Inside the Eccentric World of Ethical Taxidermy Art
When looking at something like a taxidermied Janus kitten—that is, a tiny feline with two faces—one might assume that its maker had a rather dark view of animal life. But that couldn’t be further from the truth.
“Being able to give something another life, elevating it into something beyond death—that gives me chills,” said Divya Anantharaman, one of New York’s best-known practitioners in the modern taxidermy movement and the maker of the taxidermied Janus kitten, which was a special commission for the person who cared for the animal during its short life. “[Taxidermy] is very emotional and humbling,” Anantharaman added. “The thing I think the most often is: Don’t mess it up.”
This reverence for the deceased is common among a contemporary breed of taxidermists. Far from the traditional profile of gruff men in rural areas mounting animals they hunted to display as trophies, today’s innovative taxidermists are younger and more diverse, and they tend to live in urban environments and skew heavily female. They often work with small creatures like birds and rodents rather than hulking deer or bears, and they’re pursuing their craft ethically—acquiring animals that have died naturally, and thus distancing the art of taxidermy from the pursuit of hunting. And while they’re often trained in traditional practices, many favor turning out artistic creations that depart from the way the animals looked while alive. They’re breathing new life into a centuries-old discipline, pursuing it with joy, respect, humor, and heart.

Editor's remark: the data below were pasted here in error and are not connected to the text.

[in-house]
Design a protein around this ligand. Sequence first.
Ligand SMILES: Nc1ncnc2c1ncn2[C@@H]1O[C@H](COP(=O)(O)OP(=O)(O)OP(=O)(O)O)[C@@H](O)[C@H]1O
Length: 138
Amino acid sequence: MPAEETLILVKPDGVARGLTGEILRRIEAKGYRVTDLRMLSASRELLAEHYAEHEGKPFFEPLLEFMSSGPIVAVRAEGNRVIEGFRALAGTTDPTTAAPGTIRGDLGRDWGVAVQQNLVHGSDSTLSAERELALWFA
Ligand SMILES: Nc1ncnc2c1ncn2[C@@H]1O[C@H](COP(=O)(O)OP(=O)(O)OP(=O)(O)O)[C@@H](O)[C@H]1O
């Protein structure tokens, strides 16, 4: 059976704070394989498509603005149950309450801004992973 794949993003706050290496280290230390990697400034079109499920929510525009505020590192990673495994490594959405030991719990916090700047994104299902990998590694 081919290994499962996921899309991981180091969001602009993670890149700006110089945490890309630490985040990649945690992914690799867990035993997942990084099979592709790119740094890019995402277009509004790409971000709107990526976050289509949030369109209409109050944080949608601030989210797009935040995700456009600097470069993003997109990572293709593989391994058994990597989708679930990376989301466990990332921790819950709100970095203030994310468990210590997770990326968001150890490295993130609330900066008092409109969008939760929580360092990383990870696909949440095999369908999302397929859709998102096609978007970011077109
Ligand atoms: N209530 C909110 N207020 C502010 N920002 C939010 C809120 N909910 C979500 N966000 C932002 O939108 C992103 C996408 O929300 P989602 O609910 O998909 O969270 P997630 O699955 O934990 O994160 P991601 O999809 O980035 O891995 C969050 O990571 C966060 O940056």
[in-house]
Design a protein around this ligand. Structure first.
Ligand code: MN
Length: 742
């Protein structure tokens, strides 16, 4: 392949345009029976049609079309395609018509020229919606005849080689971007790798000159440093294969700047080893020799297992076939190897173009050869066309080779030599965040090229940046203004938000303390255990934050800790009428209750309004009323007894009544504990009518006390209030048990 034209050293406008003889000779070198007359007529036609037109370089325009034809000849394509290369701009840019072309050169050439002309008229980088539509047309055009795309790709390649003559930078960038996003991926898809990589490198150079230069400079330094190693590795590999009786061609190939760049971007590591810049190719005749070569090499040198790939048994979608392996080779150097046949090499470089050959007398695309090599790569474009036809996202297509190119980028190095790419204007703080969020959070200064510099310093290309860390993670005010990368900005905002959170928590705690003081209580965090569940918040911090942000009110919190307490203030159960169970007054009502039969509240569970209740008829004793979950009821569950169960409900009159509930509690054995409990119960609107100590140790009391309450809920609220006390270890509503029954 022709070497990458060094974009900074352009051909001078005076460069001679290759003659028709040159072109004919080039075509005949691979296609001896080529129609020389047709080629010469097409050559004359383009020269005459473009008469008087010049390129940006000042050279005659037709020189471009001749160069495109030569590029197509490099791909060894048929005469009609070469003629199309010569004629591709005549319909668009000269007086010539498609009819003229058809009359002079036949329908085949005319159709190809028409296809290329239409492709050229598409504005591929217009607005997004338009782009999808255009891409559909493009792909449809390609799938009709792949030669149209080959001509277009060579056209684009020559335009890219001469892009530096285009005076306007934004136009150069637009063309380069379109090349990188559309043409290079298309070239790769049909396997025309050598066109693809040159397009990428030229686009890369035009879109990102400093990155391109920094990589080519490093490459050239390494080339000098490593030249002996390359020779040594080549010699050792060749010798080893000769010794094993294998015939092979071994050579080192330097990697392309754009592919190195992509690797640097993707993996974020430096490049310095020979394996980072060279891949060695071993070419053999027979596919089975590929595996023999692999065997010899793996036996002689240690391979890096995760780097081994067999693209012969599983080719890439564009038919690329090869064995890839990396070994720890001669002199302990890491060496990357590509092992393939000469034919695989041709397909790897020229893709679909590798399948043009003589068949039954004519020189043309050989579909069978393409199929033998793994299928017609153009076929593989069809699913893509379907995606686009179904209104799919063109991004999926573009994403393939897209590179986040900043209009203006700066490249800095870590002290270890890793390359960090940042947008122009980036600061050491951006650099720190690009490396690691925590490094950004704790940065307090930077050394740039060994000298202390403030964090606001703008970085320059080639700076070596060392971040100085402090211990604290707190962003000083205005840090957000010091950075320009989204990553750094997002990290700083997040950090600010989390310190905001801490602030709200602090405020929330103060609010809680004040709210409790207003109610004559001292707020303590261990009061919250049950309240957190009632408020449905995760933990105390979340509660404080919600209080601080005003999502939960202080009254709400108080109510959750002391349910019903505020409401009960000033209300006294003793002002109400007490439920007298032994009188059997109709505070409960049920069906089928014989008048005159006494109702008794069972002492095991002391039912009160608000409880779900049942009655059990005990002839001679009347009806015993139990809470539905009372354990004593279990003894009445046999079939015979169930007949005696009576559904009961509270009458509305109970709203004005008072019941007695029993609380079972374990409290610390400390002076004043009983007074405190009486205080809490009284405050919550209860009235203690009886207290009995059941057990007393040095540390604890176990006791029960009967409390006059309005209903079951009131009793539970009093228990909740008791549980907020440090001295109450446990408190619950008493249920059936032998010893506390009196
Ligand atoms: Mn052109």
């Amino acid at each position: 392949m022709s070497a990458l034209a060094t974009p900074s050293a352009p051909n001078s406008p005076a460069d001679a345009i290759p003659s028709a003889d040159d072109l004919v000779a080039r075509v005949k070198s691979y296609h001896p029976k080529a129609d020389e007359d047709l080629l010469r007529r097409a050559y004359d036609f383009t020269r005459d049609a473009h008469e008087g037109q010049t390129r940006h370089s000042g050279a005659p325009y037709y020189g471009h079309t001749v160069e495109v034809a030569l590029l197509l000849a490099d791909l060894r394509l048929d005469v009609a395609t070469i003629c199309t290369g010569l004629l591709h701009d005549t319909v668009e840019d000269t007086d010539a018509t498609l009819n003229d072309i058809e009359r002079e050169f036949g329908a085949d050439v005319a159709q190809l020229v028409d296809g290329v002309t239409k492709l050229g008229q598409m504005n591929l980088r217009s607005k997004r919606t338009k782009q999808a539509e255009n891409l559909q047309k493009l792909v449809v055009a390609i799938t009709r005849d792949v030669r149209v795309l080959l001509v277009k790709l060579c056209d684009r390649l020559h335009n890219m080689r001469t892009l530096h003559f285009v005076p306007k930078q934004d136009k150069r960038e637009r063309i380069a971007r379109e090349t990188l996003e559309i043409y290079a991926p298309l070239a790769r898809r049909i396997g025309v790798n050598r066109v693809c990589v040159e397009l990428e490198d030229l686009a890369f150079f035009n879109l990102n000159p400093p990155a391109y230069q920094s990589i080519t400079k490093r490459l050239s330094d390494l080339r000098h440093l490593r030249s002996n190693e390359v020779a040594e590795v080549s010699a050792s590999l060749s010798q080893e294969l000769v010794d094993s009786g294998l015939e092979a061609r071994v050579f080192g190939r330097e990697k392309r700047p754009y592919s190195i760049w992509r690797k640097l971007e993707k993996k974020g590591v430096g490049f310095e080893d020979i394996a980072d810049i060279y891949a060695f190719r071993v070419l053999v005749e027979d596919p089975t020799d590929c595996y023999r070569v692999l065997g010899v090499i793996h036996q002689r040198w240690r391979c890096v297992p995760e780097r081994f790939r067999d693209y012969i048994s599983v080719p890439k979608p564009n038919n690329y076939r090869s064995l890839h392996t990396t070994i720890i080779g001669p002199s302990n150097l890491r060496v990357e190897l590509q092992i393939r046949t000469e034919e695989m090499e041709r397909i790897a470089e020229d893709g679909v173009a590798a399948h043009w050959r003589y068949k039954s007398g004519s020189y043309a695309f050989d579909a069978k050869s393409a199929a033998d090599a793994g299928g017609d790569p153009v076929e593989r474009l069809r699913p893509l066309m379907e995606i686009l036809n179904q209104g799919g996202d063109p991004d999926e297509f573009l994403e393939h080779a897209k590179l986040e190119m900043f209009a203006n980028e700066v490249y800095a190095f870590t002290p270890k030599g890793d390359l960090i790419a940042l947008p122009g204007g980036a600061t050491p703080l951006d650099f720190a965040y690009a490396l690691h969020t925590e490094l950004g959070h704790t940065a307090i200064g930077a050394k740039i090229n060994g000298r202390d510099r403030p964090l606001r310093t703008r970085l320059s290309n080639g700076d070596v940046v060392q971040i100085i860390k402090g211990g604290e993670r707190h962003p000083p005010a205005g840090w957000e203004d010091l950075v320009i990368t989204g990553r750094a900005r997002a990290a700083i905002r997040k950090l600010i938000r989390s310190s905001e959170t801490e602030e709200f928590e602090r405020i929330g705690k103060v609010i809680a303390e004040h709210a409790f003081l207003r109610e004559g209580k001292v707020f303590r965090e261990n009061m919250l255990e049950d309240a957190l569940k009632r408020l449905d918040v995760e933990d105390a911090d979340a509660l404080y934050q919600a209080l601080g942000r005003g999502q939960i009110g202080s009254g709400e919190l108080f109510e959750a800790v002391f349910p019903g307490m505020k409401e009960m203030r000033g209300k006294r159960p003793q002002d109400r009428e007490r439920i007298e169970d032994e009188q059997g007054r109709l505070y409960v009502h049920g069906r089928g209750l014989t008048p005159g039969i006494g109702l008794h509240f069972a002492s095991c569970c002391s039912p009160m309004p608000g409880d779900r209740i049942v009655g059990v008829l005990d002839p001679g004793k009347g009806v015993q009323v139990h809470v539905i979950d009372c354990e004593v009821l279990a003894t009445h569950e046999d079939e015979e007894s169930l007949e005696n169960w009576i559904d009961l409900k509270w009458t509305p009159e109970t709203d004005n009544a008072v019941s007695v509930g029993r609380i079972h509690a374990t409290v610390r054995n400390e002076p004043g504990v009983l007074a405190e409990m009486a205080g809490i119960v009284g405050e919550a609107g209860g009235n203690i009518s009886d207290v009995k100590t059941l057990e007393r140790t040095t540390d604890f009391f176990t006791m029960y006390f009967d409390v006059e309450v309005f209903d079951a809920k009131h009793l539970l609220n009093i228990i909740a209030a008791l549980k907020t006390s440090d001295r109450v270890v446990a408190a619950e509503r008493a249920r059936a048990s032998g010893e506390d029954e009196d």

Taxidermy’s weird and wild Victorian roots
The word “taxidermy” comes from the Greek taxis, meaning “arrangement,” and derma, “skin.” The art form as we know it today—animal skins stretched over wooden or foam forms, either in imitation of or deviation from the way the animals looked when alive—dates back to the Victorian era. At that time, scientists and explorers began preserving unusual creatures found far afield for education and research, and aristocrats started to display stuffed exotic animals in their homes to flaunt their wealth.